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2016 NFL Draft safety rankings: Vonn Bell's all-around play makes him No. 1

This year's class of safeties features plenty of big hitters who can set the tone in the back half of the defense.

Mark J. Rebilas-USA TODAY Sports

The safety class in the 2016 NFL Draft is one that may not have a stellar big-name player, but it has several solid options. This class is especially strong in safeties who can set the tone with big hits in the passing defense.

Vonn Bell of Ohio State leads the group because he's the best combination of power and coverage ability. For the Buckeyes he lined up a lot as a single high safety, which is a role not every safety prospect can lock down. He was also used to come down and defend the slot. Bell has good range and changes direction effortlessly to track the ball and close on a play. A two-year starter, Bell got better as last season progressed in stopping the run. His tackling is decent, though he could be more forceful and tackle higher. He makes up for that by taking proper angles to the ball carrier.

If a team is looking for a classic hitter at safety, Karl Joseph of West Virginia should be the guy. The single best word to describe Joseph is violent. He's a bit of a throwback player who comes downhill in a hurry to just crack people. He's adept at coming down and making plays against the run in the box, despite his somewhat smaller frame. Before tearing his ACL as a senior, he showed a lot of improvement in pass coverage and seems comfortable playing zone.

Another big-time hitter is Florida's Keanu Neal. He is still a bit of a work in progress in coverage, but he's pro ready as a box safety who can hammer against the run. One of the most notable plays last season was Neal coming down in the box and absolutely wrecking Heisman Trophy-winning running back Derrick Henry with a big hit. Neal could be viewed by some teams as a hybrid safety/linebacker because of his downhill speed and tackling skills. Miles Killebrew of Southern Utah is the same way. He stood out in games because he plays so fast and so violently. Whether that style will work in the NFL the same way will be seen, but he can level some people.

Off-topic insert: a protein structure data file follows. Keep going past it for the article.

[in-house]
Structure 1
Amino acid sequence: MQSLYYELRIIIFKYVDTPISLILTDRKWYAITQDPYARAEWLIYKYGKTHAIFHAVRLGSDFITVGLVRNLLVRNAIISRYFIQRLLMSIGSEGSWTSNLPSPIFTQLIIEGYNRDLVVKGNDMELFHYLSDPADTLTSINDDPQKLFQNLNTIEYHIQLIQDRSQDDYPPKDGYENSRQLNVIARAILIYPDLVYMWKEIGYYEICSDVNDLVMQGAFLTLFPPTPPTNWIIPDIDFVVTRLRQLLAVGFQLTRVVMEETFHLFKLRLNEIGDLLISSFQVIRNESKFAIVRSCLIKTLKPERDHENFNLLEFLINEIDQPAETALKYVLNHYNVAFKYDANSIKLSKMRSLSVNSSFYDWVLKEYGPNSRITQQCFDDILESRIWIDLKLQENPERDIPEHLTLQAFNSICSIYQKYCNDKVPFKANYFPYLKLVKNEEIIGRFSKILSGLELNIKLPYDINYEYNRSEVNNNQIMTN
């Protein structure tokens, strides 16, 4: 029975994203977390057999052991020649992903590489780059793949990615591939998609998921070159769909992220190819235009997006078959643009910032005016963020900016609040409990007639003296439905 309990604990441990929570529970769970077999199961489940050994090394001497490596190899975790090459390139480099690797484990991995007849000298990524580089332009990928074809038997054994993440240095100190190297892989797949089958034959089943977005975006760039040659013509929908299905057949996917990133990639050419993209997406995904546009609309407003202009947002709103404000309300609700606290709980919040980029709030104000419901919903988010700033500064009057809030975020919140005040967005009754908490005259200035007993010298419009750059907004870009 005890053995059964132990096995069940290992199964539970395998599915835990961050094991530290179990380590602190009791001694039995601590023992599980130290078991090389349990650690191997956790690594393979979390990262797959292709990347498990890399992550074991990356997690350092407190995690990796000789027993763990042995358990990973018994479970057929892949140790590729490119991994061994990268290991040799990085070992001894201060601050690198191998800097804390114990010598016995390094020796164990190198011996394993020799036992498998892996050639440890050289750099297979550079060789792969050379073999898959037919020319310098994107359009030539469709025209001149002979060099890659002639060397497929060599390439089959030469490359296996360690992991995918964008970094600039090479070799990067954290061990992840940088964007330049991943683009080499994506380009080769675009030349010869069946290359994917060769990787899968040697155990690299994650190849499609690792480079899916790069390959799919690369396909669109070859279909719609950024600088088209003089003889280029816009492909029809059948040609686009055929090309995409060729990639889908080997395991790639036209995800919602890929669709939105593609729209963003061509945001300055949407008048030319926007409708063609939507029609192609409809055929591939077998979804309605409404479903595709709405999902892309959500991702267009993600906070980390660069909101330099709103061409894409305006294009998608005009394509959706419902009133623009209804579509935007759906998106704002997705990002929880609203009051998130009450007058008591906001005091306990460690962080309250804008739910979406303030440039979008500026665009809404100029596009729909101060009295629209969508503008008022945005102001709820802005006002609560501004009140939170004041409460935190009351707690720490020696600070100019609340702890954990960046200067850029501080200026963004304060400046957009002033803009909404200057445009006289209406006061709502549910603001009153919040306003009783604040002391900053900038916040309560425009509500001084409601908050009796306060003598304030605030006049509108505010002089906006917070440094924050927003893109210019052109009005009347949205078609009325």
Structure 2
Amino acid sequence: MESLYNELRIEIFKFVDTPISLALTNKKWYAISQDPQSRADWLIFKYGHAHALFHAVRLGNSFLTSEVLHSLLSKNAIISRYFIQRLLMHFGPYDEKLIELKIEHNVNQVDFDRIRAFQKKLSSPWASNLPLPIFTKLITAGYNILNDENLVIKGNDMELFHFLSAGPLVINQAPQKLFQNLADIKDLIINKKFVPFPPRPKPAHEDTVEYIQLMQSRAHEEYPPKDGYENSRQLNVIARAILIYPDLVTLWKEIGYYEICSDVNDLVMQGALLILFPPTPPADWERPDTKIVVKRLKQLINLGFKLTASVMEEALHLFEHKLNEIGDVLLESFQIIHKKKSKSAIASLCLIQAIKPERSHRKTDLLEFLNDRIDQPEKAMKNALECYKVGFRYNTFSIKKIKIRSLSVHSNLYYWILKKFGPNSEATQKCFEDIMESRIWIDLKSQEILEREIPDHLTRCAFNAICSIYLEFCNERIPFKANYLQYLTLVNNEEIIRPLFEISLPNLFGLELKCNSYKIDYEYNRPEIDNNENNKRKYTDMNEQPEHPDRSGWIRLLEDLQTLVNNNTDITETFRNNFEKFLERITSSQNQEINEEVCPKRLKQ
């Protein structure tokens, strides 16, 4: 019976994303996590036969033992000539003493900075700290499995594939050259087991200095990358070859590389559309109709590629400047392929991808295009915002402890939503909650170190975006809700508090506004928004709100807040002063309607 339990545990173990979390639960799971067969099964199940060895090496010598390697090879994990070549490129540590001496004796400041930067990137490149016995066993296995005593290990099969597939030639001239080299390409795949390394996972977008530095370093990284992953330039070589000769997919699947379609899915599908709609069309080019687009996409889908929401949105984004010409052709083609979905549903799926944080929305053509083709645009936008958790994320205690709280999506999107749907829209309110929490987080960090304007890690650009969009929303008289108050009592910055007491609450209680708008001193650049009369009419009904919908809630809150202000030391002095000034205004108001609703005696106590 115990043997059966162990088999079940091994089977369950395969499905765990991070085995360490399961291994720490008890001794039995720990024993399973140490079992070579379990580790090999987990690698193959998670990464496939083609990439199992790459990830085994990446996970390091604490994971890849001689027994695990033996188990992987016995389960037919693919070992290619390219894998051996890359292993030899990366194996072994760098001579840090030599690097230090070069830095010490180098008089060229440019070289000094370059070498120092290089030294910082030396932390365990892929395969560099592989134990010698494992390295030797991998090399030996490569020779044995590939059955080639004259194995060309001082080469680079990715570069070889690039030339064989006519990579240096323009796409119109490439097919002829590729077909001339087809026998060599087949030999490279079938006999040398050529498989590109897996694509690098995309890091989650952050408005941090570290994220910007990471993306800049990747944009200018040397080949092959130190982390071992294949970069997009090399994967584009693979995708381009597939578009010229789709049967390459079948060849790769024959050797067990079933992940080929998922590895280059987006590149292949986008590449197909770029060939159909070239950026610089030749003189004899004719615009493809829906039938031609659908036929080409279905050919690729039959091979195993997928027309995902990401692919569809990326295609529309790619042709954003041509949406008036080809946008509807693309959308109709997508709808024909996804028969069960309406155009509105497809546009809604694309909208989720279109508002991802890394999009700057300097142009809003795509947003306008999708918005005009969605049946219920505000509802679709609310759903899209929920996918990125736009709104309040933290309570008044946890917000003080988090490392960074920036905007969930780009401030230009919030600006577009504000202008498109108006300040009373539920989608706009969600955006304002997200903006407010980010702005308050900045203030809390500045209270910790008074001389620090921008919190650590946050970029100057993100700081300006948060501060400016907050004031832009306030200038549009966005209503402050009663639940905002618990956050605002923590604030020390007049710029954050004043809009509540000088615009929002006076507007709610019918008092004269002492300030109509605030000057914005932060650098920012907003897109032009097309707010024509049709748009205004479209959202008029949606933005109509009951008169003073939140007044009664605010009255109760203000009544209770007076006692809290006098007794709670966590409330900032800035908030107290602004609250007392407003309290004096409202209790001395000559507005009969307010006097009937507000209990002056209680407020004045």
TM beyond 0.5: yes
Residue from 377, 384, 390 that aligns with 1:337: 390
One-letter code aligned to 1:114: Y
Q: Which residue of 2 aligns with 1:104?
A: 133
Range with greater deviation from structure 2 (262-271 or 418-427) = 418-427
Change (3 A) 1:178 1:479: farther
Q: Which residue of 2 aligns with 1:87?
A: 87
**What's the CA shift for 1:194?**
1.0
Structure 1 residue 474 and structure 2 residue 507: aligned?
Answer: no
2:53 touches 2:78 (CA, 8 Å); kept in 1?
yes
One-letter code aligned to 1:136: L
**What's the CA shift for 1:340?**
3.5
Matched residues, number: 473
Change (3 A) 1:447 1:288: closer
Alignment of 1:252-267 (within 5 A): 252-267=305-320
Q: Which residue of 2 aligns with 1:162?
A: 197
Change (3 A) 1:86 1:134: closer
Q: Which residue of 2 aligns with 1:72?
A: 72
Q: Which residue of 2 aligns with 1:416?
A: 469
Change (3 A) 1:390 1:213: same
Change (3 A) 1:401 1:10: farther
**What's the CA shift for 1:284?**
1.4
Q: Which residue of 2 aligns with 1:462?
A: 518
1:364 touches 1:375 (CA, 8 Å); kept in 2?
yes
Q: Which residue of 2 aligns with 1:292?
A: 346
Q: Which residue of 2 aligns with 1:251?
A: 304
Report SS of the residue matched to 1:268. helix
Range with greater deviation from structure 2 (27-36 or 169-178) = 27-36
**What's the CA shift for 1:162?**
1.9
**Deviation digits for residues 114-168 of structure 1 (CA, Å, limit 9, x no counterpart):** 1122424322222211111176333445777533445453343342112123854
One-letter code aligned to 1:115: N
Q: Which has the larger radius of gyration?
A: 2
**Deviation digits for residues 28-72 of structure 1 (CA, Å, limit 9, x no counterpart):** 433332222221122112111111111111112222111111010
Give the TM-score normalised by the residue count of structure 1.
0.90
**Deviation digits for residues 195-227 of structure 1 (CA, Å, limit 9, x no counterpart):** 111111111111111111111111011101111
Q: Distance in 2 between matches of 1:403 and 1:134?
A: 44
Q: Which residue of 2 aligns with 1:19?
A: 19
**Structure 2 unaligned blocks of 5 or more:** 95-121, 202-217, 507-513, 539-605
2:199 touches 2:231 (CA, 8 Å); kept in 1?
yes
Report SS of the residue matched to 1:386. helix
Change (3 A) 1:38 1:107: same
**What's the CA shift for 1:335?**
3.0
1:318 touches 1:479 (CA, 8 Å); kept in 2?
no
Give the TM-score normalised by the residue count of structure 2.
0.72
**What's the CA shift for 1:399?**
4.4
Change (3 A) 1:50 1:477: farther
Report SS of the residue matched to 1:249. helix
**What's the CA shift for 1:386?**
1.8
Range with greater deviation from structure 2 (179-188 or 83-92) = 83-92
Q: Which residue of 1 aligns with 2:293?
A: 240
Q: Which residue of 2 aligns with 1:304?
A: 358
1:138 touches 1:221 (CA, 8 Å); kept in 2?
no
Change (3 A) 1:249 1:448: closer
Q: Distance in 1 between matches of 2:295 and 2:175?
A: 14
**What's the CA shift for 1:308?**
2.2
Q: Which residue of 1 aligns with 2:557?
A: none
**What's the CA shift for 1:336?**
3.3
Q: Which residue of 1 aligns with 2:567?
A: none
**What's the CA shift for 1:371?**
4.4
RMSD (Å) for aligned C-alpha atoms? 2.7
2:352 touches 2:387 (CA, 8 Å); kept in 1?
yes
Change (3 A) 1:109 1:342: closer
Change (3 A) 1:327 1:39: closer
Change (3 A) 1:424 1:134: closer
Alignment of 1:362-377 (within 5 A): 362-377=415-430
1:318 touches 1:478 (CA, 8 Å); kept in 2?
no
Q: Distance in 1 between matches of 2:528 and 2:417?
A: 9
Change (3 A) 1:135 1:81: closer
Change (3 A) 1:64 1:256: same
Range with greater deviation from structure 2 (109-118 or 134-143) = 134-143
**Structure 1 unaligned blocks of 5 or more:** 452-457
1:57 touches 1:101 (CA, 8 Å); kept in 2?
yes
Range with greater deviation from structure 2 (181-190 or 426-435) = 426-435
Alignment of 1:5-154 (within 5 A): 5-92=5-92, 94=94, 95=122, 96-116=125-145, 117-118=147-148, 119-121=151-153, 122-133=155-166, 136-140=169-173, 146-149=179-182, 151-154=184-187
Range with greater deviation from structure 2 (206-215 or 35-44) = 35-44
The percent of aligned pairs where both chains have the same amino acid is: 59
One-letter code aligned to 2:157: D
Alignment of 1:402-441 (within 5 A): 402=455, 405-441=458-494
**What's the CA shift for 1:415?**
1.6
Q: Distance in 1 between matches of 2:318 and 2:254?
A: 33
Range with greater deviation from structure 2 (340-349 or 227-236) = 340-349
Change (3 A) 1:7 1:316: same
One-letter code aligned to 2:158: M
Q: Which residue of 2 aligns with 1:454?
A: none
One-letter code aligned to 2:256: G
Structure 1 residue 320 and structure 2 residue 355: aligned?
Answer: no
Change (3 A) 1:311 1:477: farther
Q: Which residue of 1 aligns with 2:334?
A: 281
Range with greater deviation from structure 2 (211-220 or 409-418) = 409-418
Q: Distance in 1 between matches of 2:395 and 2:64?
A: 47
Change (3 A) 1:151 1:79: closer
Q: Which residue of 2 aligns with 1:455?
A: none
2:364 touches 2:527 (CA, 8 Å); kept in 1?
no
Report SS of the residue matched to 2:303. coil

Duke's Jeremy Cash pretty much played that hybrid role for much of his college career. He's comfortable playing near the line of scrimmage, whether it's working over the slot or coming off the edge to stop the run. As a senior he had 18 tackles for a loss, which is almost unheard of for a safety.

Arguably the best coverage safety in this class is Darian Thompson of Boise State. He can handle man coverage on tight ends because he has some length, and is athletic enough to stick with quick slot receivers. He has excellent hands, and it showed with 28 career pass breakups and 19 interceptions. Thompson needs to tighten up his tackling because he'll swing and miss at times.

Other good coverage safeties this year include Justin Simmons of Boston College, Kevin Byard of Middle Tennessee State and Jalen Mills of LSU. Both Mills and Simmons have past experience playing cornerback in college. Neither are known for their tackling, but they have good anticipation in the passing game.

Jalen Ramsey of Florida State and Su'a Cravens of USC would be at the top of these rankings, but they're in the cornerback and outside linebacker rankings, respectively. Ramsey is most likely to stick at cornerback, but Cravens is the interesting one. Of all those hybrid players, he would be the best.

Day 3 gem: DeAndre Houston-Carson of William & Mary is another safety prospect who spent time at corner. He only played one season of safety in college, and some teams may see him as a corner. As a safety he covers a lot of ground and is willing to come down and support against the run. He's a very good special teams player, but shouldn't be stuck just on that duty.

Overall position grade: B-

1. Vonn Bell, 5’11, 205 pounds, S, Ohio State
2. Karl Joseph, 5’11, 197 pounds, S, West Virginia
3. Darian Thompson, 6’2, 212 pounds, S, Boise State
4. Jeremy Cash, 6’2, 210 pounds, S, Duke
5. Keanu Neal, 6’1, 216 pounds, S, Florida
6. T.J. Green, 6’3, 205 pounds, S, Clemson
7. Sean Davis, 6'1, 200 pounds, S, Maryland
8. Justin Simmons, S, 6’3, 201 pounds, S, Boston College
9. K.J. Dillon, 6’1, 203 pounds, S, West Virginia
10. Kevin Byard, 5’11, 217 pounds, S, Middle Tennessee State
11. Jalen Mills, 6’0, 196 pounds, S, LSU
12. Miles Killebrew, 6’3, 230 pounds, S, Southern Utah
13. Tyvis Powell, 6’3, 210 pounds, S, Ohio State
14. Jayron Kearse, 6'5, 220 pounds, S, Clemson
15. Marcus Maye, 6’0, 207 pounds, S, Florida
16. DeAndre Houston-Carson, 6’2, 195 pounds, S, William & Mary
17. Tevin Carter, S, 6’1, 215 pounds, S, Utah
18. RJ Williamson, 6’0, 216 pounds, S, Michigan State
19. Elijah Shumate, 6'0, 224 pounds, S, Notre Dame
20. Michael Caputo, 6'1, 206 pounds, S, Wisconsin
21. Lee Hightower, 6’1, 198 pounds, S, Houston
22. Jordan Lucas, 5’11 5/8, 201 pounds, S, Penn State